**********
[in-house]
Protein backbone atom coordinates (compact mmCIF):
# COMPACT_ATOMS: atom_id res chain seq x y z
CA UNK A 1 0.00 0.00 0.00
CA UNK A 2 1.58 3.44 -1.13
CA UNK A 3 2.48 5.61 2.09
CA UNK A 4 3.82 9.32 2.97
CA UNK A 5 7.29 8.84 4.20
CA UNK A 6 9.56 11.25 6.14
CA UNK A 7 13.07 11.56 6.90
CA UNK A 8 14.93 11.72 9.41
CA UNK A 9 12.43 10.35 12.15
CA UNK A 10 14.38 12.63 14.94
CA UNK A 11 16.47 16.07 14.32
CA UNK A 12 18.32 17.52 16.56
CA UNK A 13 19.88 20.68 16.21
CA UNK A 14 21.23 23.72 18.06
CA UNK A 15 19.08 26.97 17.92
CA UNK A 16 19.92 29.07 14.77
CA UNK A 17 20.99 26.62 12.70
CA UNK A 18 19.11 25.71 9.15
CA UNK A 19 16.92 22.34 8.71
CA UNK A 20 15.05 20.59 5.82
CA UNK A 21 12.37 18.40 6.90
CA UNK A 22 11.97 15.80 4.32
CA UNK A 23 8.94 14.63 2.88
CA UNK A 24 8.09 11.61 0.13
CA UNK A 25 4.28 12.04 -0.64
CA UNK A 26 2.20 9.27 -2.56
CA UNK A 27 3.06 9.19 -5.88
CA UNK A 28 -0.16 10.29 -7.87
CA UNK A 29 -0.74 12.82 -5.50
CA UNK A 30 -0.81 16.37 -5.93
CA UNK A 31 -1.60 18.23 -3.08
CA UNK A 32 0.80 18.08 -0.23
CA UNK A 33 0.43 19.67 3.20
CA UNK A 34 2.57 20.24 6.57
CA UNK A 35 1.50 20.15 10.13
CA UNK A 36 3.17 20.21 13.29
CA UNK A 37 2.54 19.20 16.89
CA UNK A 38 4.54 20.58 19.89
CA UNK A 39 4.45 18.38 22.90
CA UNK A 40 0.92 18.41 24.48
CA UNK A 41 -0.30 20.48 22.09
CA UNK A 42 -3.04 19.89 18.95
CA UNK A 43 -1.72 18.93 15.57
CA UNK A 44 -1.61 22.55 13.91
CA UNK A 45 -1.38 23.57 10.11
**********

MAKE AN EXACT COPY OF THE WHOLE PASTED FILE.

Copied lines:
[in-house]
Protein backbone atom coordinates (compact mmCIF):
# COMPACT_ATOMS: atom_id res chain seq x y z
CA UNK A 1 0.00 0.00 0.00
CA UNK A 2 1.58 3.44 -1.13
CA UNK A 3 2.48 5.61 2.09
CA UNK A 4 3.82 9.32 2.97
CA UNK A 5 7.29 8.84 4.20
CA UNK A 6 9.56 11.25 6.14
CA UNK A 7 13.07 11.56 6.90
CA UNK A 8 14.93 11.72 9.41
CA UNK A 9 12.43 10.35 12.15
CA UNK A 10 14.38 12.63 14.94
CA UNK A 11 16.47 16.07 14.32
CA UNK A 12 18.32 17.52 16.56
CA UNK A 13 19.88 20.68 16.21
CA UNK A 14 21.23 23.72 18.06
CA UNK A 15 19.08 26.97 17.92
CA UNK A 16 19.92 29.07 14.77
CA UNK A 17 20.99 26.62 12.70
CA UNK A 18 19.11 25.71 9.15
CA UNK A 19 16.92 22.34 8.71
CA UNK A 20 15.05 20.59 5.82
CA UNK A 21 12.37 18.40 6.90
CA UNK A 22 11.97 15.80 4.32
CA UNK A 23 8.94 14.63 2.88
CA UNK A 24 8.09 11.61 0.13
CA UNK A 25 4.28 12.04 -0.64
CA UNK A 26 2.20 9.27 -2.56
CA UNK A 27 3.06 9.19 -5.88
CA UNK A 28 -0.16 10.29 -7.87
CA UNK A 29 -0.74 12.82 -5.50
CA UNK A 30 -0.81 16.37 -5.93
CA UNK A 31 -1.60 18.23 -3.08
CA UNK A 32 0.80 18.08 -0.23
CA UNK A 33 0.43 19.67 3.20
CA UNK A 34 2.57 20.24 6.57
CA UNK A 35 1.50 20.15 10.13
CA UNK A 36 3.17 20.21 13.29
CA UNK A 37 2.54 19.20 16.89
CA UNK A 38 4.54 20.58 19.89
CA UNK A 39 4.45 18.38 22.90
CA UNK A 40 0.92 18.41 24.48
CA UNK A 41 -0.30 20.48 22.09
CA UNK A 42 -3.04 19.89 18.95
CA UNK A 43 -1.72 18.93 15.57
CA UNK A 44 -1.61 22.55 13.91
CA UNK A 45 -1.38 23.57 10.11